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flick pick | Down By Law 1986
Directed + written by: Jim Jarmusch
Starring: Tom Waits, John Lurie, Roberto Benigni

Language: English
Look for it at the video store under: drama, comedy

Watch it when you’re in the mood for something: artsy-fartsy, whimsical
The critic says: ½/ 5 the rating system explained
Fun factor: /5

Plot synopsis On an unlucky night in New Orleans, deejay Zack, currently unemployed, makes the bad decision to take on a seemingly simple job from a shifty acquaintance, and finds himself framed for a crime he didn’t commit. Small-time pimp Jack finds himself in similarly unfortunate circumstances, when he arrives at a dingy motel to meet a new girl who’s been referred by someone who owes him, only to find that it’s a set-up, and the police are waiting there to arrest him. The two men find themselves sharing a cramped prison cell, and take an immediate dislike to one another. A petty battle of ludicrously macho posturing begins, as each feigns that they’re too cool to talk to the other. Until Jack and Zack find themselves joined by a third prisoner, whose arrival changes the cell dynamic. Roberto is a cheerful, loquacious Italian man who introduces himself as “Bob,” and speaks in broken English consisting primarily of awkwardly-employed idioms (he keeps a small tattered notebook of his favorites in his pocket, and frequently rifles through the list in search of the perfect cliché for a given moment). Bob valiantly tries to engage in conversation with his new cellmates, but to no avail – if Jack and Zack are too cool to acknowledge each other’s presence, they’re certainly not going to deign to speak to the odd little Italian guy, who’s such a bumbling idiot that he’s constantly getting their (very similar) names confused. Eventually, though, Bob’s exuberance wears them down, and something resembling a friendship is born. When Bob figures out a way to break the three of them out of prison, the oddball threesome embark on an adventure through the Lousiana bayou.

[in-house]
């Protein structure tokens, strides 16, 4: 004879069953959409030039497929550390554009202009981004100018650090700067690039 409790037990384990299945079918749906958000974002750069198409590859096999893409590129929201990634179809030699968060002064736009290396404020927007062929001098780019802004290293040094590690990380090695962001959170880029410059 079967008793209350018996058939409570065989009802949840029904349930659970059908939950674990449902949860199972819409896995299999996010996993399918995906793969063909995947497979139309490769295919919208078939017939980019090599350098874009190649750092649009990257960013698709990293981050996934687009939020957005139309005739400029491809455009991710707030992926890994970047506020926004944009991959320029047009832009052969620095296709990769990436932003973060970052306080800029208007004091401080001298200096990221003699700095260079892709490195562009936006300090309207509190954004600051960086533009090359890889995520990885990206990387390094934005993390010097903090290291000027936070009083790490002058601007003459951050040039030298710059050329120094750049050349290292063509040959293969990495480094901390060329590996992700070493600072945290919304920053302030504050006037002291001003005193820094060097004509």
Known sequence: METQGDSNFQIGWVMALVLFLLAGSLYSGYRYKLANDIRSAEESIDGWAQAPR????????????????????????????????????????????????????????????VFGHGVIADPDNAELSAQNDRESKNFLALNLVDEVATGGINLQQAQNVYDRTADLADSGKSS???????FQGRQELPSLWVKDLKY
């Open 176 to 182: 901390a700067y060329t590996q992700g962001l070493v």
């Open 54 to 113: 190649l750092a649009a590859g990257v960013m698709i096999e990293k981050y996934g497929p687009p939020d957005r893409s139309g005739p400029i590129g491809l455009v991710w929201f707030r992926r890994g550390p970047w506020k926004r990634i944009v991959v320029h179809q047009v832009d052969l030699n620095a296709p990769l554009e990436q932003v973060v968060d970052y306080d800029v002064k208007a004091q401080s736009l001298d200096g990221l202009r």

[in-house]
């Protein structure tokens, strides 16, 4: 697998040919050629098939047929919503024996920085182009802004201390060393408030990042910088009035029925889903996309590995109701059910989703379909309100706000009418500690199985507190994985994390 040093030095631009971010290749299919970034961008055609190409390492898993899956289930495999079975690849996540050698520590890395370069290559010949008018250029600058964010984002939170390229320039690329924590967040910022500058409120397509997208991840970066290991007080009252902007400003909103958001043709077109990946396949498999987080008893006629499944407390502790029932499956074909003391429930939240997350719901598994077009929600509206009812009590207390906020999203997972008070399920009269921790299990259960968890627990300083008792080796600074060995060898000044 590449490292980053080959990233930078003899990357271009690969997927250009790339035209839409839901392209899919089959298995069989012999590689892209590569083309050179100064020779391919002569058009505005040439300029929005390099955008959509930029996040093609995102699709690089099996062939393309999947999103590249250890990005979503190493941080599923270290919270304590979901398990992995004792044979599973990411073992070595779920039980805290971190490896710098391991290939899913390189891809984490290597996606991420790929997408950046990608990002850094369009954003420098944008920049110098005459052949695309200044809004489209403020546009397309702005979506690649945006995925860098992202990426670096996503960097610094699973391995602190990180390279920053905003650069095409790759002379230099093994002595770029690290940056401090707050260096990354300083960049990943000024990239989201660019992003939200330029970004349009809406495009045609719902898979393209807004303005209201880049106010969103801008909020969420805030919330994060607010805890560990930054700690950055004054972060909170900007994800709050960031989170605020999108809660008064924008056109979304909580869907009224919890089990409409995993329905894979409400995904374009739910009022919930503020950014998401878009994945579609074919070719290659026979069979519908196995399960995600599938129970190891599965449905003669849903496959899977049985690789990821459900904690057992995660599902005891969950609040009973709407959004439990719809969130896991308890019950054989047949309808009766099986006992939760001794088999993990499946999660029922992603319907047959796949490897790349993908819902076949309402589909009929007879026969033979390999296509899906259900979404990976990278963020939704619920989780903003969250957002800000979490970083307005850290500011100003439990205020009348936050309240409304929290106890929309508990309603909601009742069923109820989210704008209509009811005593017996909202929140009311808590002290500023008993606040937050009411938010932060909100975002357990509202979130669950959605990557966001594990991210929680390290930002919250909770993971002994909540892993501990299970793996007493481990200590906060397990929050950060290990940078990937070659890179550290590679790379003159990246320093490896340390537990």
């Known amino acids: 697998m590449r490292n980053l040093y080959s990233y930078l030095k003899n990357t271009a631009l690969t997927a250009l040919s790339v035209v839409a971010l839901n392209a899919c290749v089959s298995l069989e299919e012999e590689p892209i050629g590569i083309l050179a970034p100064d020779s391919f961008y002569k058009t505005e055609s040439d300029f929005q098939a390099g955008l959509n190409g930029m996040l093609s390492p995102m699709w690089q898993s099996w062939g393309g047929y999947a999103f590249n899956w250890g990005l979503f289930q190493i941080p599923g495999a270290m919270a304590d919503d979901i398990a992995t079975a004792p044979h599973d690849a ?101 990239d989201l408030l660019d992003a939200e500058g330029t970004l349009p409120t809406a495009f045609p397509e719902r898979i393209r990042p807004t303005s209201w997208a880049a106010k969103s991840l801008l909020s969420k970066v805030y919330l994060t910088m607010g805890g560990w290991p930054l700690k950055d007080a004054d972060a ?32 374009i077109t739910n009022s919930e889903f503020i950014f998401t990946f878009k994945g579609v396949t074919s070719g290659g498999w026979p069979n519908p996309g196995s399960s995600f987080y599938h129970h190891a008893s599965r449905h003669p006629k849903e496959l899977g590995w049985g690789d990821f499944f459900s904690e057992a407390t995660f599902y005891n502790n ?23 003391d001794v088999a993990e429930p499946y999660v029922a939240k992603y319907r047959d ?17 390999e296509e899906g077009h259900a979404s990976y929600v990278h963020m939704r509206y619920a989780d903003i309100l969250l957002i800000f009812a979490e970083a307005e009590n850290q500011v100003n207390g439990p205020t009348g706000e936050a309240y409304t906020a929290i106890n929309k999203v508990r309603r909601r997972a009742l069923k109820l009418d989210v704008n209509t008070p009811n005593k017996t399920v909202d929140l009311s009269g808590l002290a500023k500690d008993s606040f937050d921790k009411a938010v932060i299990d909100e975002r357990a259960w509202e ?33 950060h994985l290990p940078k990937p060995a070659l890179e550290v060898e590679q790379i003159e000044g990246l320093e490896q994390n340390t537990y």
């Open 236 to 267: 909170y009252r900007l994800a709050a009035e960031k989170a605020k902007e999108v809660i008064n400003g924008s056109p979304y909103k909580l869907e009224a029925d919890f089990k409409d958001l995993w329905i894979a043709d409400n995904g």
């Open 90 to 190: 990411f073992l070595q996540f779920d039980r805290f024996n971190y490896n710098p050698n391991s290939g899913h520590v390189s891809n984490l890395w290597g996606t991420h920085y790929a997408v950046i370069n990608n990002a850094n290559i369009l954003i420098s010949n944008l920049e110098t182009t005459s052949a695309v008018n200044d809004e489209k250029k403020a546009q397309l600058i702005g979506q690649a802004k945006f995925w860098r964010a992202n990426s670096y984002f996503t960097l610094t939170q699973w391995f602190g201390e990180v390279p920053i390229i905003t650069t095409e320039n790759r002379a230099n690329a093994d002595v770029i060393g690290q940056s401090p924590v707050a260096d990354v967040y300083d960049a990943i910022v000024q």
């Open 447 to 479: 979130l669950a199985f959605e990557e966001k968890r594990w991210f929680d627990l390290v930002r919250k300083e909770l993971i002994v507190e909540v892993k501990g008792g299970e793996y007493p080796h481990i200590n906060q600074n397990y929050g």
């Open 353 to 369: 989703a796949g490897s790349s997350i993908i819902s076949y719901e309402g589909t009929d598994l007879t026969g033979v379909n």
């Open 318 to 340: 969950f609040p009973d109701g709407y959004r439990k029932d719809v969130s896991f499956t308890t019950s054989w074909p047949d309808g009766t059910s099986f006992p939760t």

Review Jim Jarmusch’s Down by Law rambles along like a gravelly-voiced Southern drawl, taking its good old time to get you from beginning of story to end, slowly sucking you in with its quirky, wry, low-key sense of humor. This is surely one of the least eventful escaped cons-on-the-run stories every created on film, more a character study than a plot-centric crime caper; there’s never any real tension regarding whether the characters are going to make it out of that swamp and away from the authorities or not. It’s the genius of Jim Jarmusch that a movie in which we see so little actually happening on-screen manages to be so damn entertaining to watch nonetheless. Both Tom Waits and John Lurie, musicians-turned-actors, do fine jobs as Zack and Jack respectively, but it’s Roberto Benigni who steals the show as the irrepressibly goofy, adorable Bob. Bob not only injects a good dose of the funny into the film, but also serves to teach the two loner Americans – both Zack and Jack begin as the prototypical trudge-through-life-alone stoic tough guys of classic film noir – a little lesson about what it means to connect with other human beings, to drop the cool façade and just be who you are. This isn’t your usual movie about prisoners on the lam. Down by Law feels effortlessly unique, a completely matter-of-fact, wholly un-self-conscious, oddball original. Unlike so many art-house/indie flicks, in which “weird” seems like the primary goal, Jarmusch’s film never feels like it’s trying to be different. It just is. Which is what makes it the quintessence of cool. —reviewed by Yee-Fan Sun

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